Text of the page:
Cork. Philharmonic Hall. 16-IX-2022. William Walton (1902-1983): Cello Concerto. Franz Liszt: a Faust-symphony in three character studies after Goethe’s first Faust, S.108, original version from 1854. Gautier Capuçon, cello. Royal Philharmonic Orchestra of Liège. Director: Gergely Madaras
For its opening season, the Royal Philharmonic Orchestra of Liège welcomes Gautier Capuçon to the rather rare cello concerto by William Walton, and programs in the second part an essential and demanding work of the romantic repertoire, the Faust-Symphony by Franz Liszt given in its original purely symphonic version.
Composed for Gregor Piatigorsky, in 1955-56, at Forio d’Ischia in the Bay of Naples, the cello concerto of William Walton despite a very thematic inspiration british or a diamond orchestration, reveals a disillusioned bitterness of middle age, under the exterior of a very lyrical hedonism (first time) of a sardonic humor (allegro appasionato central) or even a latent anguish (final – a theme followed by six improvisation equally distributed between orchestra and soloist). Gautier Capuçon splendidly rehabilitates this classic, very popular in Anglo-Saxon countries but little frequented on this side of the Channel. It irrefutably dominates the score with an almost provocative insolence, adorned with an irrepressible lyricism and a melting sonority, despite the constant solicitation of the instrument’s treble, the dreamlike and tinkling introductory movement, plays with the shoelaces. multiple traps of the virtuoso and impulsive central scherzo and approaches with a consummate theatrical sense the finale, in particular over the two immense solo cadenzas. Possibly chic classy of his very French instrumental signature, a smooth nothing, his legato a hint too systematic throughout this ambivalent work, do they erase certain asperities of the score as illustrated by both the dedicatee of the work, and closer to us the lamented Lynn Harrell, much more raspy and direct. But in this register that is both greedy and gourmet, he finds in Gergely Madaras at the head of a Mosan phalanx, very disciplined and timbrically suave, an attentive partner, totally in tune with his variegated and chastised conception.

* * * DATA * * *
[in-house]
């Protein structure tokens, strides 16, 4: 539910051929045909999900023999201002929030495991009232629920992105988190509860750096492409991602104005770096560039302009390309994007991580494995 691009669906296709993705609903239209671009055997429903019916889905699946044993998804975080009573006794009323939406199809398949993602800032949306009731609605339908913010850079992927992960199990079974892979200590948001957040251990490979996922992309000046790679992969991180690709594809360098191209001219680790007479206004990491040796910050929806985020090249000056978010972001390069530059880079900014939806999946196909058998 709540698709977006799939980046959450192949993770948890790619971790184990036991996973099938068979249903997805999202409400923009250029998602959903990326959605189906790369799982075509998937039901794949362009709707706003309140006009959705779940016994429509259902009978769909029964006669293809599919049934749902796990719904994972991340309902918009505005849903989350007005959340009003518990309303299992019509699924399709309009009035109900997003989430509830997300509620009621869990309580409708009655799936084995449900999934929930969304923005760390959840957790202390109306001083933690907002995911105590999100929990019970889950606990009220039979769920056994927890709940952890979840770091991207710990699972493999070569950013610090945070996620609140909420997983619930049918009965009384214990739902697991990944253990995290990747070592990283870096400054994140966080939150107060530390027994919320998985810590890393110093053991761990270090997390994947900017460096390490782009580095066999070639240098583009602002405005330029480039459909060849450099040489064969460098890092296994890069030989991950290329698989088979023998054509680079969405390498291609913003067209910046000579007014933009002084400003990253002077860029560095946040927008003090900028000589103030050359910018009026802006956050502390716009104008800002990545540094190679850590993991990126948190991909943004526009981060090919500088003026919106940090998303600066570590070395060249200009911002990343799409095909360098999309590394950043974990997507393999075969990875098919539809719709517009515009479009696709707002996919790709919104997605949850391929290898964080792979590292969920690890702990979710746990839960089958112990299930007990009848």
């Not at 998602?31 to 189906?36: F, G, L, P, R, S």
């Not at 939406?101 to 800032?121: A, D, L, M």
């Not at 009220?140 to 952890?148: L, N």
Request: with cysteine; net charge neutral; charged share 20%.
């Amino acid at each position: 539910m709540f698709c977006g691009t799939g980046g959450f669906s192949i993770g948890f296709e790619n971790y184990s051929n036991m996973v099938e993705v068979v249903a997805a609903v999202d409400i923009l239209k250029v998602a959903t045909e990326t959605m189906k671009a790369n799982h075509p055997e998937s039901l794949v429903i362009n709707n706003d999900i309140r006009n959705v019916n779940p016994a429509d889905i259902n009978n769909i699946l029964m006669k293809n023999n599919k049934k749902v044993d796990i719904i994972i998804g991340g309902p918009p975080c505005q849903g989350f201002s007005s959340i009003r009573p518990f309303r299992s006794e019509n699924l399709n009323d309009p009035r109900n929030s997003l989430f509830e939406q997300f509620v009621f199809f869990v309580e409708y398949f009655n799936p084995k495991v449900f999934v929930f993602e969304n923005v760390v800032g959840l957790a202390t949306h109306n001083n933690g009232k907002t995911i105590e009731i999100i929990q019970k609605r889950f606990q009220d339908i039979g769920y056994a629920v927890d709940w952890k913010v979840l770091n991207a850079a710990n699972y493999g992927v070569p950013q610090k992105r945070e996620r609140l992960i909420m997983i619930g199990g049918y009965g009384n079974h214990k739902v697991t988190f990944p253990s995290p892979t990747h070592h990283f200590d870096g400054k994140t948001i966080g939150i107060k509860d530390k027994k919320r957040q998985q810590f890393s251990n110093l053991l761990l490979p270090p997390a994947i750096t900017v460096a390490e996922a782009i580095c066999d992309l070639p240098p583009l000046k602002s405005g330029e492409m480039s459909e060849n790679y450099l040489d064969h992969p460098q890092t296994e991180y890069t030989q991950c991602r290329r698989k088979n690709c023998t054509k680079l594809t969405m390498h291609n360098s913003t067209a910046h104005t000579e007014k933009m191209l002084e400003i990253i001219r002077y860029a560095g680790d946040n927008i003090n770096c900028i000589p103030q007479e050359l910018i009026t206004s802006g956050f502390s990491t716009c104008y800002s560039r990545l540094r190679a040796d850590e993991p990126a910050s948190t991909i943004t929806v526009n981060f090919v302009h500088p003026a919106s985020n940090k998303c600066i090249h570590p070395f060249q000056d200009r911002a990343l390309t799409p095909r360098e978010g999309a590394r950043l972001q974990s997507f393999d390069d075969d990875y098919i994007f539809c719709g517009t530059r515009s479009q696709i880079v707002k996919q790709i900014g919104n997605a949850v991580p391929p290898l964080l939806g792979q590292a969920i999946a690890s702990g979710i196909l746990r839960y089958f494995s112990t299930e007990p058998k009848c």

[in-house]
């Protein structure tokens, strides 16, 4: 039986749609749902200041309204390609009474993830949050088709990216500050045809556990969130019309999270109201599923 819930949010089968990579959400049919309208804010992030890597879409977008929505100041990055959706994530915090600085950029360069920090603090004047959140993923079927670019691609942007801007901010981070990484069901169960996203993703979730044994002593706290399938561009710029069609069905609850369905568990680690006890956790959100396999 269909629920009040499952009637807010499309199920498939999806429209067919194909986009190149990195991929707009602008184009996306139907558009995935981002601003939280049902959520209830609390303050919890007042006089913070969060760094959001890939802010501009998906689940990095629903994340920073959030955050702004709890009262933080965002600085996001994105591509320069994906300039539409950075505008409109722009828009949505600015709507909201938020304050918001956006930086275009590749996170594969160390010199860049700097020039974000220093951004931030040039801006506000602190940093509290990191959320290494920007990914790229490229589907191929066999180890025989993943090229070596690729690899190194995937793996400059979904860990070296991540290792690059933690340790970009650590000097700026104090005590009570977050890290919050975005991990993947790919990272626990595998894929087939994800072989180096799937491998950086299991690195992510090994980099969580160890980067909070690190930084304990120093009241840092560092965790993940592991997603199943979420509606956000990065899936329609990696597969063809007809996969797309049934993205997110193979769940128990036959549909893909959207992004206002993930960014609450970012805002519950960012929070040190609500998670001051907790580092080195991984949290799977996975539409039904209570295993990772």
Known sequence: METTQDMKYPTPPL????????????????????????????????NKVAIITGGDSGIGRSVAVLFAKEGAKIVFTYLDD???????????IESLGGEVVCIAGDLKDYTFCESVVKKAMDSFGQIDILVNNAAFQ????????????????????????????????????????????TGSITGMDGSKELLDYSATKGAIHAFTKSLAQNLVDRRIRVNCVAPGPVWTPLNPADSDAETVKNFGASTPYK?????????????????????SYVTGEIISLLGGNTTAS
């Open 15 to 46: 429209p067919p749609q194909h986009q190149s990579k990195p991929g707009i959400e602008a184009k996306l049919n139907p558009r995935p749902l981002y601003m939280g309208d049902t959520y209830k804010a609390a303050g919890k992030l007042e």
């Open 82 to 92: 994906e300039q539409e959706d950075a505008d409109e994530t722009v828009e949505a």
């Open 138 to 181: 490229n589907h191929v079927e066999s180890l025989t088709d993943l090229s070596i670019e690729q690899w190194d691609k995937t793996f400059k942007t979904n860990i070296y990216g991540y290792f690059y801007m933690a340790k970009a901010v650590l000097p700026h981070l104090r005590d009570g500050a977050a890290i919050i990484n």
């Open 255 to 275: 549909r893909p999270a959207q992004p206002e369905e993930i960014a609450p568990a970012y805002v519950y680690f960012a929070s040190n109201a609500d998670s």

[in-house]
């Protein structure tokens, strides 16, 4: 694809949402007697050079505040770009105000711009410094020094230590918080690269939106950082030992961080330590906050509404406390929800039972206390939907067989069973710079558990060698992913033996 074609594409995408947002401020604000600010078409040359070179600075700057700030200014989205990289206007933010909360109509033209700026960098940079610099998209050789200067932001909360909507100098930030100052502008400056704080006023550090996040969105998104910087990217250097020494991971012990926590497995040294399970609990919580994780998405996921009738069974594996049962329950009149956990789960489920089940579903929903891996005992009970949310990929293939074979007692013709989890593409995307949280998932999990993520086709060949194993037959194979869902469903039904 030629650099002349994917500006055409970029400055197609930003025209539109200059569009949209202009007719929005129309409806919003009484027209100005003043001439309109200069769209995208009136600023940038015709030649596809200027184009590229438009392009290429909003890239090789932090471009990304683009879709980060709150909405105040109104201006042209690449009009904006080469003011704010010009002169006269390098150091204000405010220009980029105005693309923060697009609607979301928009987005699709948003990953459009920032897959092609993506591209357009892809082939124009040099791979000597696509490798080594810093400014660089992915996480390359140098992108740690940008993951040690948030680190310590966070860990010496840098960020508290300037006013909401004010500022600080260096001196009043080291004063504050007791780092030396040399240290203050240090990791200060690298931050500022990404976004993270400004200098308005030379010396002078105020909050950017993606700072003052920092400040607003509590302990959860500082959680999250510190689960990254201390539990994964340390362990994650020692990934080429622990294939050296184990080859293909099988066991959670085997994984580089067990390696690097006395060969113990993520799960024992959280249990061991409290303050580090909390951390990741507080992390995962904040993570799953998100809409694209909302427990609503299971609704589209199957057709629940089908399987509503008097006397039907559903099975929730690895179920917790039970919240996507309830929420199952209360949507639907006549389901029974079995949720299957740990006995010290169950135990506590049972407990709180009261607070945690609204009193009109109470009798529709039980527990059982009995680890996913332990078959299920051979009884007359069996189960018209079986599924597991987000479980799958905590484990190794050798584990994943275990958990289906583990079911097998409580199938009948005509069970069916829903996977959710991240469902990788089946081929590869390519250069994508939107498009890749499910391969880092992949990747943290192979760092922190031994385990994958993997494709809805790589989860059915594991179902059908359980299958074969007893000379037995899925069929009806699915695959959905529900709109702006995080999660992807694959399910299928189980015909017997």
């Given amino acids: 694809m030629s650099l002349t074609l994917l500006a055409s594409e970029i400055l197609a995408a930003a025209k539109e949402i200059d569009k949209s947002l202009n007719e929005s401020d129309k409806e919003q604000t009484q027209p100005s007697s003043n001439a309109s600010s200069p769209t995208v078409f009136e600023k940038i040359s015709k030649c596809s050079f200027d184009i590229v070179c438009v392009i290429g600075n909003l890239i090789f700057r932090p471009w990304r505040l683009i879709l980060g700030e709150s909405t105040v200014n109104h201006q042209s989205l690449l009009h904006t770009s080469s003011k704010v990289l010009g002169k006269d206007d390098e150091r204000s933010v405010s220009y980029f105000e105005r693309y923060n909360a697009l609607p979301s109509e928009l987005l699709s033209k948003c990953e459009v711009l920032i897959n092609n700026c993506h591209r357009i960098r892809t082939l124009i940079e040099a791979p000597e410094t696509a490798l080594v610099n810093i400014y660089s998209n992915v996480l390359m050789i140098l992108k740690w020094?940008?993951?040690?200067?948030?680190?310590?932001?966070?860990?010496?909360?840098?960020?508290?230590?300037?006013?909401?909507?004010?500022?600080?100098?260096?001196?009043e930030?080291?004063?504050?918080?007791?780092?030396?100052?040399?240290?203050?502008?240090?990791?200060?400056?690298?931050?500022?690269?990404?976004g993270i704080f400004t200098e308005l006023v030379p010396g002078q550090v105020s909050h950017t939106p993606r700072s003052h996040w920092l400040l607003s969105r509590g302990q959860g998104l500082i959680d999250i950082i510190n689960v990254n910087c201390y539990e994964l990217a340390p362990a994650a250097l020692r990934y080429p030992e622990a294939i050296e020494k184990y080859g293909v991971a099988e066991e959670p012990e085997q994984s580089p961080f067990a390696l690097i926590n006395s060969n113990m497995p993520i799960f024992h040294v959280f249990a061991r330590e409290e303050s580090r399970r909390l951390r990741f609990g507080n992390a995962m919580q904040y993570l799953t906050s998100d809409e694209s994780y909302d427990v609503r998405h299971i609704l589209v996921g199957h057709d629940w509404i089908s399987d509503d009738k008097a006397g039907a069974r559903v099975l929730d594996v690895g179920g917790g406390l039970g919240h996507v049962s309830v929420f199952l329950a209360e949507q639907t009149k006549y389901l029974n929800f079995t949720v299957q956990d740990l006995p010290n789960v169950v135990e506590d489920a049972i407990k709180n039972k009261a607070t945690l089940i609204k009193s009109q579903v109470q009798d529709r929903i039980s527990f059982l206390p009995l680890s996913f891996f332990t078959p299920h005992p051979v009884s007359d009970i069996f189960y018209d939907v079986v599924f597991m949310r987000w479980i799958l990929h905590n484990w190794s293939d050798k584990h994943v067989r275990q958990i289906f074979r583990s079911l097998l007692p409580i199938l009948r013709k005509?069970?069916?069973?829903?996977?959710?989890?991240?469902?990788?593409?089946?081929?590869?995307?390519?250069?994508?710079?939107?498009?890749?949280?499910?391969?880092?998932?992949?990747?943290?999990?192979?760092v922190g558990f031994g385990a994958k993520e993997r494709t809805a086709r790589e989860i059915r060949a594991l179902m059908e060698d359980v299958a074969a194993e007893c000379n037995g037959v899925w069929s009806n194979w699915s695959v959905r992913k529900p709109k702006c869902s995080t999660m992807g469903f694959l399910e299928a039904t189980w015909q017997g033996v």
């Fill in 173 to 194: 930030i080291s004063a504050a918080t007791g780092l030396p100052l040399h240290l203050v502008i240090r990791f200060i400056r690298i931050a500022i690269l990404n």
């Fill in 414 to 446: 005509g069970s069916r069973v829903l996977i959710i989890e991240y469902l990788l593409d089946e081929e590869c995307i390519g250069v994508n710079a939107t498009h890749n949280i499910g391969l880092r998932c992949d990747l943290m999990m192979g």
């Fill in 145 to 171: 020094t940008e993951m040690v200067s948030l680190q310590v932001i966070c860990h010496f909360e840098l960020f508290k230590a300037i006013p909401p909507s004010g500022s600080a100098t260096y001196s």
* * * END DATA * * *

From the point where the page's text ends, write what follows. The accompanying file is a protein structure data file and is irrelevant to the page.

In encore, the cellist gratifies us with the amusing but formidable transcription by …Gregor Piatigorsky of the brief march of the piano collection ” for kids “ Opus 65 by Sergei Prokofiev.
In the second part, Gergely Madaras and the Royal Philharmonic Orchestra of Liège offer a rather uneven reading of the Faust-Symphony by Franz Liszt, given in its original version of 1854, just punctuated by the – purely orchestral – redemption of Gretchen, therefore without the splendid final chorus for male choir with obbligato soloist tenor based on the last verses of the second Faust goethean.
Like the title of the season “Basic Notes” As implied, the Meuse phalanx returns this year to its “essentials” and rediscovers for this opening concert a work which, a quarter of a century ago, made its glory under the rule of Pierre Bartholomée. The desks, now young and enthusiastic, have since been almost totally renewed and often show during the 70 minutes of the work a commendable cohesion, just a little dulled in the final Mephistopheles, at the end of this exhausting journey.